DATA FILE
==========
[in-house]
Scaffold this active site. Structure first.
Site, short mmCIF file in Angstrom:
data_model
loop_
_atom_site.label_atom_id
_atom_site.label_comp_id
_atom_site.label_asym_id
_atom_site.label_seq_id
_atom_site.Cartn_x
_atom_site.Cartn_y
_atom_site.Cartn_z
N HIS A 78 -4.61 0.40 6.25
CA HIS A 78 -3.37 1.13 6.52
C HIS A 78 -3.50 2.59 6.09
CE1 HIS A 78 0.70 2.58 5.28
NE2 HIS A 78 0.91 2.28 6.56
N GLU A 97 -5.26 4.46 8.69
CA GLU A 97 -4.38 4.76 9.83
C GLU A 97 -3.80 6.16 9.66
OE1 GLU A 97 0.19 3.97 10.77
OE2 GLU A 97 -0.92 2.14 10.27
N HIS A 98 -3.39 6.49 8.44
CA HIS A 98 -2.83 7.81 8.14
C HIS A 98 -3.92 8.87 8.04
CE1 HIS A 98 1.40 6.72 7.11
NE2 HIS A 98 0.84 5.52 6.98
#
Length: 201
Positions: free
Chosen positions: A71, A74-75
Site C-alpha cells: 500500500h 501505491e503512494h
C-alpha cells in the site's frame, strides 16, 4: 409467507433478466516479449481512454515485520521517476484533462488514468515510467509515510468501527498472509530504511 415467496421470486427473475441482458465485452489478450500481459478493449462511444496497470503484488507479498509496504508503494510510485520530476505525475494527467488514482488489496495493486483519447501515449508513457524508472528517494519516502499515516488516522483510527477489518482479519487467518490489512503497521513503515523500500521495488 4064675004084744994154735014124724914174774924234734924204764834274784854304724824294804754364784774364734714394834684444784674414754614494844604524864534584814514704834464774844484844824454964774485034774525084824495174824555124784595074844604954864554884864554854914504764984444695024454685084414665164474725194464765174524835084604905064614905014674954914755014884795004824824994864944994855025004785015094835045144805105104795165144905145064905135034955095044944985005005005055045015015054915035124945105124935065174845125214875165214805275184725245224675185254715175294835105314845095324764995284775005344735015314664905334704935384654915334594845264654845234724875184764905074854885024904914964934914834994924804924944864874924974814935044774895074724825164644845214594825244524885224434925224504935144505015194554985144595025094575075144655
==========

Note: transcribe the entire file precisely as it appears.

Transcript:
[in-house]
Scaffold this active site. Structure first.
Site, short mmCIF file in Angstrom:
data_model
loop_
_atom_site.label_atom_id
_atom_site.label_comp_id
_atom_site.label_asym_id
_atom_site.label_seq_id
_atom_site.Cartn_x
_atom_site.Cartn_y
_atom_site.Cartn_z
N HIS A 78 -4.61 0.40 6.25
CA HIS A 78 -3.37 1.13 6.52
C HIS A 78 -3.50 2.59 6.09
CE1 HIS A 78 0.70 2.58 5.28
NE2 HIS A 78 0.91 2.28 6.56
N GLU A 97 -5.26 4.46 8.69
CA GLU A 97 -4.38 4.76 9.83
C GLU A 97 -3.80 6.16 9.66
OE1 GLU A 97 0.19 3.97 10.77
OE2 GLU A 97 -0.92 2.14 10.27
N HIS A 98 -3.39 6.49 8.44
CA HIS A 98 -2.83 7.81 8.14
C HIS A 98 -3.92 8.87 8.04
CE1 HIS A 98 1.40 6.72 7.11
NE2 HIS A 98 0.84 5.52 6.98
#
Length: 201
Positions: free
Chosen positions: A71, A74-75
Site C-alpha cells: 500500500h 501505491e503512494h
C-alpha cells in the site's frame, strides 16, 4: 409467507433478466516479449481512454515485520521517476484533462488514468515510467509515510468501527498472509530504511 415467496421470486427473475441482458465485452489478450500481459478493449462511444496497470503484488507479498509496504508503494510510485520530476505525475494527467488514482488489496495493486483519447501515449508513457524508472528517494519516502499515516488516522483510527477489518482479519487467518490489512503497521513503515523500500521495488 4064675004084744994154735014124724914174774924234734924204764834274784854304724824294804754364784774364734714394834684444784674414754614494844604524864534584814514704834464774844484844824454964774485034774525084824495174824555124784595074844604954864554884864554854914504764984444695024454685084414665164474725194464765174524835084604905064614905014674954914755014884795004824824994864944994855025004785015094835045144805105104795165144905145064905135034955095044944985005005005055045015015054915035124945105124935065174845125214875165214805275184725245224675185254715175294835105314845095324764995284775005344735015314664905334704935384654915334594845264654845234724875184764905074854885024904914964934914834994924804924944864874924974814935044774895074724825164644845214594825244524885224434925224504935144505015194554985144595025094575075144655